4 replies

    I agree- NOT a real scone! Scones are simple, but delicious. I grew up with a British Pastry Chef as an Uncle, and we never used oats or eggs, etc. Although I do agree that they MUST be served with clotted cream and jam or lemon curd. Yummm. Hard to find clotted cream in California, though- so I make my own. An instructable will be created!

    You scone purists! Put up an Instructable with your favorite recipe.

    Hard to find clotted cream in California, though- so I make my own. An instructable will be created!
    Excellent! I'd love to know how to do this.

    I agree put up your recipe! I would love to try them!

    Cinnamon? Oats? That Is Not A Scone! I'm sure it's a delightful product, but scone it is not :-P

    Thank you so much for the recipe! I have been wanting to try my hand at scones and these look awesome. Here's how they turned out:

    Mine sorta look like lumpy biscuits, but they're good. Thanks!


    Hey, just wanted to let you know I'm going to use your recipe to make the celebratory pastry for my 19th birthday today. Thanks for what looks like a simple, but delicious recipe. I'm trying a sort of European-Japanese fusion "cake" based off the concept of tea and scones. Basically, I'm making an ice-cream cake, except the ice-cream's green tea flavored and the "cake" is a base of your scone recipe. The instructable'll follow, but first I need your permission to reference your creation. May I? I promise it'll be included with a way to make decent ice-cream without the machine. :]

    3 replies

    No worries- go right ahead! (Sorry for the lare response.) In the future, you can check out the license on an Instructable: mine says "Attribution-NonCommercial-ShareAlike". Let me know how it goes, and post pictures or a full Instructable if it's awesome!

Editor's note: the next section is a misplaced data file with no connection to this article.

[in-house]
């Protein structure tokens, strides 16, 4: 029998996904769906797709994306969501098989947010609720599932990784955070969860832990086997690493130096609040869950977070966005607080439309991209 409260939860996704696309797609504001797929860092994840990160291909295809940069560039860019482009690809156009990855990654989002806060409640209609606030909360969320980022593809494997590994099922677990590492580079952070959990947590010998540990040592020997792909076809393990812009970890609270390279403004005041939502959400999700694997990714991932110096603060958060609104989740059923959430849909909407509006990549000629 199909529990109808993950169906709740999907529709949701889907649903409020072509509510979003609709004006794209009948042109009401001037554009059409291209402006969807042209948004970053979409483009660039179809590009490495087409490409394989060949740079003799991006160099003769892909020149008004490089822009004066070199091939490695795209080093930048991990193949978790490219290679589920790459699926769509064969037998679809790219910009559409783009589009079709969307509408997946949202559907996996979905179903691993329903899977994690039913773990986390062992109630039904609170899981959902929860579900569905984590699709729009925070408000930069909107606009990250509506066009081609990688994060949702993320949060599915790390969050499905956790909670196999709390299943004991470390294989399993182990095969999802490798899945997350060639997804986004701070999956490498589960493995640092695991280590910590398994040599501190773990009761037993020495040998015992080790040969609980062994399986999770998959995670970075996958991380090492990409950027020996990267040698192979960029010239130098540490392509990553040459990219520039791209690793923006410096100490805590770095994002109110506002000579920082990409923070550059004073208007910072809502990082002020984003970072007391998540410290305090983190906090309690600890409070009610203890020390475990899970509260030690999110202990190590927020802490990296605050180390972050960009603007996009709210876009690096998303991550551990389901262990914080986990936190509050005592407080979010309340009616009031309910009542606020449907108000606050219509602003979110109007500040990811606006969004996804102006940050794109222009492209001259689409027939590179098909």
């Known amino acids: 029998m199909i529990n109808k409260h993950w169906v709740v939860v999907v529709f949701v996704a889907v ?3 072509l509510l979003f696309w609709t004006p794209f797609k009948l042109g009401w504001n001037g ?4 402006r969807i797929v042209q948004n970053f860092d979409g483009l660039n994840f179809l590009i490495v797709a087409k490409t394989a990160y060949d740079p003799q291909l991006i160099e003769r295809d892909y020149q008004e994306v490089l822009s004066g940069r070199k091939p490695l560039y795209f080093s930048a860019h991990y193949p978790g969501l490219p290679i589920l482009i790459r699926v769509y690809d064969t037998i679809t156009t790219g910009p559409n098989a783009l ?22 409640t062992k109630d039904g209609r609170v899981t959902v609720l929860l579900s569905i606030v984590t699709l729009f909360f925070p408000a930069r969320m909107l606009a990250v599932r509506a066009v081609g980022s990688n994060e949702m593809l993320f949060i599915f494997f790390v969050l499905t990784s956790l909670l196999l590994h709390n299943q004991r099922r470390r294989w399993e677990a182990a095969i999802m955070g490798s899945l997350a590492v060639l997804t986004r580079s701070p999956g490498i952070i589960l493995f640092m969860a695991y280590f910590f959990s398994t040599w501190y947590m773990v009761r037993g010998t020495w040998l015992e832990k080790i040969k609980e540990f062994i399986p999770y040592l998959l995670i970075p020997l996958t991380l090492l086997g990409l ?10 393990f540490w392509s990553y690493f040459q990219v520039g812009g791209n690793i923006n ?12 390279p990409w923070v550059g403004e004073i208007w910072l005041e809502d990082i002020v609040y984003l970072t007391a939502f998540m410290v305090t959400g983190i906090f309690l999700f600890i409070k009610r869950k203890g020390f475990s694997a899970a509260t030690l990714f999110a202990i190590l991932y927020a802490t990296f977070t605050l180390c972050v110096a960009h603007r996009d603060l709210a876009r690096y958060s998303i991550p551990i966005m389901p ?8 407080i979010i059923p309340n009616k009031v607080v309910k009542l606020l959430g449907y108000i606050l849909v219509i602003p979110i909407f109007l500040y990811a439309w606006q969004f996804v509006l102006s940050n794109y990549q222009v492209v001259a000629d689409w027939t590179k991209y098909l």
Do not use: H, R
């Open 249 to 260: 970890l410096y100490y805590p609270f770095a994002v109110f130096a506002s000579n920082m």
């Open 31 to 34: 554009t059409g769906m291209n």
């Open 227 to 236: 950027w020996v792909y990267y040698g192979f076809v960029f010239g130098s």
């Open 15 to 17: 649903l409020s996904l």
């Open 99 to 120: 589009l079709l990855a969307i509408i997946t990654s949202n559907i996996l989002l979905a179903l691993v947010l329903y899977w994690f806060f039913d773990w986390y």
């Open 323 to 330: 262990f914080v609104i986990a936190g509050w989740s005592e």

Hey, thanks! And if you don't mind, a few minor questions. First of all, do you use some sort of light tent/box to shoot macro pictures of the food, or do you do post-production processing in GIMP or PS, or something similar, because the lighting is very well situated - it looks like something out of the pages of Gourmet, or maybe something like RealSimple, since the recipe list is short.

    Also, as a gift idea for a friend who tried some from the first batch and enjoyed them, I was thinking of scaling up the recipe, combining the dry ingredients, and putting them in a paper bag of some sort as a gift idea (the tag would simply recommend combining every x cups of dry powder in the bag with x cups of cream). Would that work, or would the dry ingredient mix deteriorate too rapidly before it could be used?

    By the way, these things should come with another warning of their own for their baked scent! I was carrying a batch of these up to my dorm suite on the 5th floor in a bowl, and literally a dozen of my fellow college students came into the hallway to find the source of it.

    In this case we just took snapshots of the scones sitting on the table- the afternoon light was spectacular that day. We do frequently use a light tent. A bit of post-processing in Picasa to clean and sharpen. The dry ingredients should be fine so long as they're protected from humidity- you don't want the baking powder to go off. Just put the mix in a zipper freezer bag and store in the freezer, and it should store for a long time. College students are like vultures! Be very careful! ;D

    !!!!!!!!!!!!!!!! So.....Close.......To........Muffins! Which do you like better? Muffins or Scones?

    4 replies

    I like the tops and edges, and scones have more surface area. There's nothing like a Maillard reaction for tasty baked goods. So sorry, I'll have to go for scones.

    That's okay. Here's the statistics so far: Scones: One Muffins: Eleventy Seven

    So... the scones win!!!

    Blargh.... v_v .........I guess so...... I mean...... 1 > 11.T.7 when you round to the nearest scone.....

    I find the all-cream scones to be lighter- both in texture and taste. Cream is definitely high-fat and a precursor to butter, but using cream somehow makes it rich without the fatty feel you sometimes get from butter.

    I'm a biologist who no longer does benchwork, taxidermy + recipes are really a natural hobby extension of lab biology. (I worked in transgenic mouse labs.)
    This mouse came frozen from the East Bay Vivarium; you can get mice from any store that supplies food for snakes and other reptiles.